Friday, the Colorado Springs Business Journal published an article on the "vibrant economic picture" of the Colorado Springs Fine Arts Center. Rebecca Tonn's piece outlined the FAC's current fiscal status, which is extraordinarily healthy, thanks in large part to the FAC's new director of development, Thomas Jackson, who has landed the FAC numerous grants.
The story also credits president and CEO Sam Gappmayer, who has led many initiatives to broaden the FAC's appeal, hosting concerts and political events such as last week's mayoral candidate forum.
What the article does not mention is the extensive groundwork Gappmayer laid in the past few years by cutting staff and focusing on maintaining "rock-solid, sustained growth." However, these measures were not without major pushback, including an Equal Employment Opportunity Commission investigation to look into possible discrimination against one of the FAC's curators.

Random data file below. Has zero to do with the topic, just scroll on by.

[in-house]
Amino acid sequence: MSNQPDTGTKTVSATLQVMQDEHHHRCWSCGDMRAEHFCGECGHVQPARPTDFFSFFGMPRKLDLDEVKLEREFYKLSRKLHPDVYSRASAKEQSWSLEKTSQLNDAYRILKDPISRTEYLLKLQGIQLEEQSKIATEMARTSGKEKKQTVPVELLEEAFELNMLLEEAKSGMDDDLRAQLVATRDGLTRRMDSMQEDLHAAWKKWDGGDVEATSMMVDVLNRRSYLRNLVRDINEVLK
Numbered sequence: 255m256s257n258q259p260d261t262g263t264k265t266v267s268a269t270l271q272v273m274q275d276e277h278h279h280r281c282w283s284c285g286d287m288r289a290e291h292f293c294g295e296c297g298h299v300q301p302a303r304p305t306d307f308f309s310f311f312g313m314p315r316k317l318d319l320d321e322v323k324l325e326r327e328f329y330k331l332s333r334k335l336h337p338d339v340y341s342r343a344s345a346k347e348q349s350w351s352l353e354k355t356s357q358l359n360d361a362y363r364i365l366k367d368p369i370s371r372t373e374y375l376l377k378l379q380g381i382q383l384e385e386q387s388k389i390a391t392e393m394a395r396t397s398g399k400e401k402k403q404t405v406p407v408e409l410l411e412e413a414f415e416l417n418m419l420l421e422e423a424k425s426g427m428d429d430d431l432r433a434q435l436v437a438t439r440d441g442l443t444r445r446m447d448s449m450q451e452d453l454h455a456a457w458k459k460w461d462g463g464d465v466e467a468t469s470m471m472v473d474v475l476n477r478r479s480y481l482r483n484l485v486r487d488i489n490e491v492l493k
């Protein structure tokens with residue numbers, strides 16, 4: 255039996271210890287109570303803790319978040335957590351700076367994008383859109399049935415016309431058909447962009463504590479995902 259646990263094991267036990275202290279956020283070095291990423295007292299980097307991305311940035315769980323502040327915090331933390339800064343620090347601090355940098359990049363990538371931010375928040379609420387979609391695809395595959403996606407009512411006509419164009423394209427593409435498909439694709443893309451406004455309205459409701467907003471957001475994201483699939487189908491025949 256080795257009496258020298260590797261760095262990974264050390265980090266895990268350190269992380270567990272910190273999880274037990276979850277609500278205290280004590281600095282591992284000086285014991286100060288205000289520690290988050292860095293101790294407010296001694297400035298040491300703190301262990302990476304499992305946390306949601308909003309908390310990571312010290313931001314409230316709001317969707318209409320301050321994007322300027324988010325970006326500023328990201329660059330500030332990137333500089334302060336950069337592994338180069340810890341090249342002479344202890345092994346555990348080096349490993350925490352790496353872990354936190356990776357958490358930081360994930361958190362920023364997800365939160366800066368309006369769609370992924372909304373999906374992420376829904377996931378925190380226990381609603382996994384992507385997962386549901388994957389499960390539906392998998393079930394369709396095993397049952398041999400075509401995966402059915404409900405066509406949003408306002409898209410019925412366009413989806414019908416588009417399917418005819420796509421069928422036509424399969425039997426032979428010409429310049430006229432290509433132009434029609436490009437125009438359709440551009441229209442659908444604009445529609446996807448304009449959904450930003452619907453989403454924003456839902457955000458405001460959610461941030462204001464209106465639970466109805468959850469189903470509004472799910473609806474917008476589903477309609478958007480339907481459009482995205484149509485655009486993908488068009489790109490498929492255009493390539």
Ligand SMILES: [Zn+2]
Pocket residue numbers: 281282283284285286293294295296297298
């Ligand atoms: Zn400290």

As the EEOC does not release information on investigations (as well as charge filings and administrative resolutions), we asked some of the parties related to the FAC what the status on the current investigation was. Gappmayer said they hadn't heard a report from the EEOC, but wouldn't elaborate.
Despite that, the CSBJ piece noted that another positive working for the FAC had to do with the public. It notes that the Colorado Springs metro area spends more dollars on art events than most other areas of the country. (According to the story, the average expenditure at an event — ticket price not included — is $27.79, while a local 2006 study found that Springsians spent $40.90.)
Should such material be removed from a government office? Certainly. However, the question not answered…
'BirdManBlue's' post is directly on point and I appreciate the insight.
Whether it's a gov't owned account or not is irrelevant. He's an employee of the…